Culture is learned
All children must go through process of enculturation.
Learned through observation
Learned through being told
Culture is symbolic
Humans have the ability to establish arbitrary relations between signs and what they refer to.
What relationship is there between this sign and stopping?
Ferdinand de Saussure (1857-1913)
Structural linguistics and “the arbitrariness of the sign.”
Culture is symbolic
To say that a symbolic link is “arbitrary” is not to say that one can’t find some reason for it.
Example: Argument that kissing arose from act of passing chewed food to an infant.
Nevertheless, why this practice became the symbol of romantic love is historical and cultural; neither necessary nor biological…
Culture is naturalized
We come to feel that our culturally-determined way of doing things is natural, inevitable, and necessary.
It feels strange to do things any other way.
There’s nothing wrong with that – it makes life far more manageable. But it may also be like a set of cultural “blinders”…
Culture is Dynamic
It changes over time and space.
Ex: Relationships to Animals
Why do many of us in the U.S. sleep with and care for dogs and cats, but not pigs, squirrels, rats? In other places, dogs are not so much like “little people in furry suits” (C&C: 3).
Would you eat a frog? A snake? A possum?
What do you think of people who do?
Ex: Conceptions of Feminine Beauty
JaiLalitha and Denise Bidot
What contrasting messages are conveyed through the two seminar rooms?
Direction of conversation
Control over orientation, body
Flow of information, analysis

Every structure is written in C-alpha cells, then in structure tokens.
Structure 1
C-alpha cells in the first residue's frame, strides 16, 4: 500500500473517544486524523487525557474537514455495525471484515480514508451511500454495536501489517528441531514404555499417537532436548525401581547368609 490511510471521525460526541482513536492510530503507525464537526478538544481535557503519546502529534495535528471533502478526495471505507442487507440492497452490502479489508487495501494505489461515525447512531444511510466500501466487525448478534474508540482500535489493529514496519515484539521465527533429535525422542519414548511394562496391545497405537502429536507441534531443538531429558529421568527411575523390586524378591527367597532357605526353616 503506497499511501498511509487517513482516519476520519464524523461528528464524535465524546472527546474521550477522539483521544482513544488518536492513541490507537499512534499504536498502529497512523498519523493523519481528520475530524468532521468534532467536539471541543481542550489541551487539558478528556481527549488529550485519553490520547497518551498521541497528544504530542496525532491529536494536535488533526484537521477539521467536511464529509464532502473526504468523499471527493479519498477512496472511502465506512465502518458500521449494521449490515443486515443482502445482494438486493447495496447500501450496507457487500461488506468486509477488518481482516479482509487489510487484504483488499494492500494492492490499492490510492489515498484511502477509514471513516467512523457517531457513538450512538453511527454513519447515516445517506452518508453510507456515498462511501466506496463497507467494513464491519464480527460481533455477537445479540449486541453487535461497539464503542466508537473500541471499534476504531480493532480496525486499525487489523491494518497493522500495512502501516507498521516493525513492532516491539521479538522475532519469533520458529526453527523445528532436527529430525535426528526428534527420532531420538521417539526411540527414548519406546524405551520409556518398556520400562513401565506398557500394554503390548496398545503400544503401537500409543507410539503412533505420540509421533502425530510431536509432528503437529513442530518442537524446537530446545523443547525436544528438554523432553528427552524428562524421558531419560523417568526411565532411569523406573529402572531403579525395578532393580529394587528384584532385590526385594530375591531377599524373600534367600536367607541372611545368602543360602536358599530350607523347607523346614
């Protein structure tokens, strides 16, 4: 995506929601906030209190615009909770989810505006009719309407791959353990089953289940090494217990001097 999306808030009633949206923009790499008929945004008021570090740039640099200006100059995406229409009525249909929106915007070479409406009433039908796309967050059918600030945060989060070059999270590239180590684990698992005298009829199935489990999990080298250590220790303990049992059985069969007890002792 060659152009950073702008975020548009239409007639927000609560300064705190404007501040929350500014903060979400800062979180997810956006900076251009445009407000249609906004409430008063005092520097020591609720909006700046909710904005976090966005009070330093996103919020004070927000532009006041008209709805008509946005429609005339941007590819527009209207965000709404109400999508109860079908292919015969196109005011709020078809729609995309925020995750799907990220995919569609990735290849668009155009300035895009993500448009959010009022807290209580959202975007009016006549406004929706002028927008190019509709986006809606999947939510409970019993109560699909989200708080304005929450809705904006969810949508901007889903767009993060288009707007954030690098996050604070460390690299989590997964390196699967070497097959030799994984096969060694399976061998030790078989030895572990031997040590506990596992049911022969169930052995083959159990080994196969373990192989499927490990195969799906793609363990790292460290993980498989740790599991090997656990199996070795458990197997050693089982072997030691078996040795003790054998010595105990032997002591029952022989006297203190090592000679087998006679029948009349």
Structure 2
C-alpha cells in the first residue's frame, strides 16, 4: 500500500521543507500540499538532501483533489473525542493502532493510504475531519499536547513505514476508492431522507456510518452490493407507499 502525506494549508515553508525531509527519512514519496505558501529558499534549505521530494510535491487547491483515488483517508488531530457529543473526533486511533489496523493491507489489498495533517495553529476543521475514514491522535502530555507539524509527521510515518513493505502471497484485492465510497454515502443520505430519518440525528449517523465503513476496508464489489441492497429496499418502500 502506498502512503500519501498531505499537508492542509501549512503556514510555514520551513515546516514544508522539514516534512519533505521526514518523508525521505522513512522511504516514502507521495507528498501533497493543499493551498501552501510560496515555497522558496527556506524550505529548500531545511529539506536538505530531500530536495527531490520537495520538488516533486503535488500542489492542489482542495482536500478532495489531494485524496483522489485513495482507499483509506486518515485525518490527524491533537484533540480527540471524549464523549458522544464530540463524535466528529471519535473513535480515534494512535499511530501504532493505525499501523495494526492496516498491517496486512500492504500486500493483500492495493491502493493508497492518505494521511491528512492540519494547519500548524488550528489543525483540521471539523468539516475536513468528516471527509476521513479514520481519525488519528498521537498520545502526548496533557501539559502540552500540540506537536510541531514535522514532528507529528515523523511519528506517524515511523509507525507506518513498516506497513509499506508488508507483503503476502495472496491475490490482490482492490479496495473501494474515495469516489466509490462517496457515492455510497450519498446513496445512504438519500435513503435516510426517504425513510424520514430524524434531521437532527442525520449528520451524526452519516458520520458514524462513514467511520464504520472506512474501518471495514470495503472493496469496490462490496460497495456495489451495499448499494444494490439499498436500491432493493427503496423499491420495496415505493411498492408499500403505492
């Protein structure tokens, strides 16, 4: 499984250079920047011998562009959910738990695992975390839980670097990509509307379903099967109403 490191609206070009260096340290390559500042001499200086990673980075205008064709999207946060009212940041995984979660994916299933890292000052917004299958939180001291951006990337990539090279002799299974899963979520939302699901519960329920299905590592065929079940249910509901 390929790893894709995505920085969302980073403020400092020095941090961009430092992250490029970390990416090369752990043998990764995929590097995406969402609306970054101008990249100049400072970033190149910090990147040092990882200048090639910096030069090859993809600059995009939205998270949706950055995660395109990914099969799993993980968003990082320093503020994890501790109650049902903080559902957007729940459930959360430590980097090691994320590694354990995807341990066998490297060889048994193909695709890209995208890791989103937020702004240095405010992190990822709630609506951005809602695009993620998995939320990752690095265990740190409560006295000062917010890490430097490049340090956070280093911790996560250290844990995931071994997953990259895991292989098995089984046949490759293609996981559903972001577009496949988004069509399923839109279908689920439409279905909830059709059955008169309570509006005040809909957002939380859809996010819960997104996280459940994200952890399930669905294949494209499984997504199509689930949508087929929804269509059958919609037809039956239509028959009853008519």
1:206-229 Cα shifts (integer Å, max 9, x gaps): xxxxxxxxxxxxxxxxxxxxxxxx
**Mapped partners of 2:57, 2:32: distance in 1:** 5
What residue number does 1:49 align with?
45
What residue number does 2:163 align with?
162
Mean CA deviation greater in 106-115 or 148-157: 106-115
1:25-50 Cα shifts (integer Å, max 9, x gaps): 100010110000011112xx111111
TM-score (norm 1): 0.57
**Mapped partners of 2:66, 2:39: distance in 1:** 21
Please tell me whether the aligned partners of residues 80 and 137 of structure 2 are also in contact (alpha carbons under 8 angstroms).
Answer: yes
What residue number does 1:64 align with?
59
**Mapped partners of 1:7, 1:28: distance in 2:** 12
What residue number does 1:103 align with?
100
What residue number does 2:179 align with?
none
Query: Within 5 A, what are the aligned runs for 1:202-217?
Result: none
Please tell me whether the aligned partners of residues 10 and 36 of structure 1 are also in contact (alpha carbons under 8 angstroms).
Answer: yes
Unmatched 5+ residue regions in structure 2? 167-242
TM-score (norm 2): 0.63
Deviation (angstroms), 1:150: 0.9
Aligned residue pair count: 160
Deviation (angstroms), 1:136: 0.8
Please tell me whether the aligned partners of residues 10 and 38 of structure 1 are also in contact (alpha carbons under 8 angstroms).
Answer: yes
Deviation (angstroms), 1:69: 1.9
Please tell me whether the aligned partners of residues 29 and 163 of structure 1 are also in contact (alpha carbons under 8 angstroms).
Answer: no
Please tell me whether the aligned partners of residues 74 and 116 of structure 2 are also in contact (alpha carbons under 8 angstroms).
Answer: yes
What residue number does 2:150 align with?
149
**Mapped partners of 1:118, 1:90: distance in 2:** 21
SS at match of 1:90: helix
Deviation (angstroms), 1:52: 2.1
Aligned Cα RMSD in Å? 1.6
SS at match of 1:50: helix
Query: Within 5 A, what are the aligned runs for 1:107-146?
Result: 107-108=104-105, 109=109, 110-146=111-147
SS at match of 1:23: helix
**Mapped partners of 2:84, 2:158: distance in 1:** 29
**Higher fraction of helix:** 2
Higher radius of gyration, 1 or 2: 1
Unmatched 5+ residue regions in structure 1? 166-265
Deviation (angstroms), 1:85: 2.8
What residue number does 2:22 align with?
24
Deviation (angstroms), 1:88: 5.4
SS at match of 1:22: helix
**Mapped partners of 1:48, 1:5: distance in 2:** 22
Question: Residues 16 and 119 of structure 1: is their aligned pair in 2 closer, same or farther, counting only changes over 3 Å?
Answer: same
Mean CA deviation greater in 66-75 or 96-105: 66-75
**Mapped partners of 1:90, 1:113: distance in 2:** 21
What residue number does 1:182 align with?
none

Culture can be Explicit or Tacit
Explicit cultural knowledge is knowledge we can talk about and name.
Tacit cultural knowledge is inexplicit or unconscious. It is learned by repeating and following others (Ex: grammar rules and body language)
The Work of the Anthropologist
Try to understand the patterns and meanings that lie beneath the surface of everyday life.
Interpret linguistic and non-linguistic symbols and meanings
It’s a two-way street. Anthropologists study ‘cultural others’ to understand the unfamiliar. At the same time, we reflect on our own cultural framework to make the familiar strange.
Cultural relativism – work to undo “ethnocentrism”
The Nacirema: Making the Familiar Strange
Magical beliefs and practices of the Nacirema present unusual aspects that exemplify the extremes to which human behavior can go. Many people seem to be either sadistic or masochistic.
These magic ridden people love ritual activities. The focus of their ritual activity is the human body; its appearance and health, as in this society there is a strong aversion to the natural body and its functions
In every house there are shrines where they ritualize over their bodies.
Focal point of the shrine is a box or chest built into the wall in which to keep the many charms and magical potions without which no native believes he/she could live.
Key figures are the medicine man, holy-mouth-man and the listener or witch doctor.
Pathological horror and fascination with mouth, which is viewed as central to most social relationships.
Private and medical mouth rites.
Special women’s rites (like baking their head in an oven)
Latipso Ceremonies led by the medicine man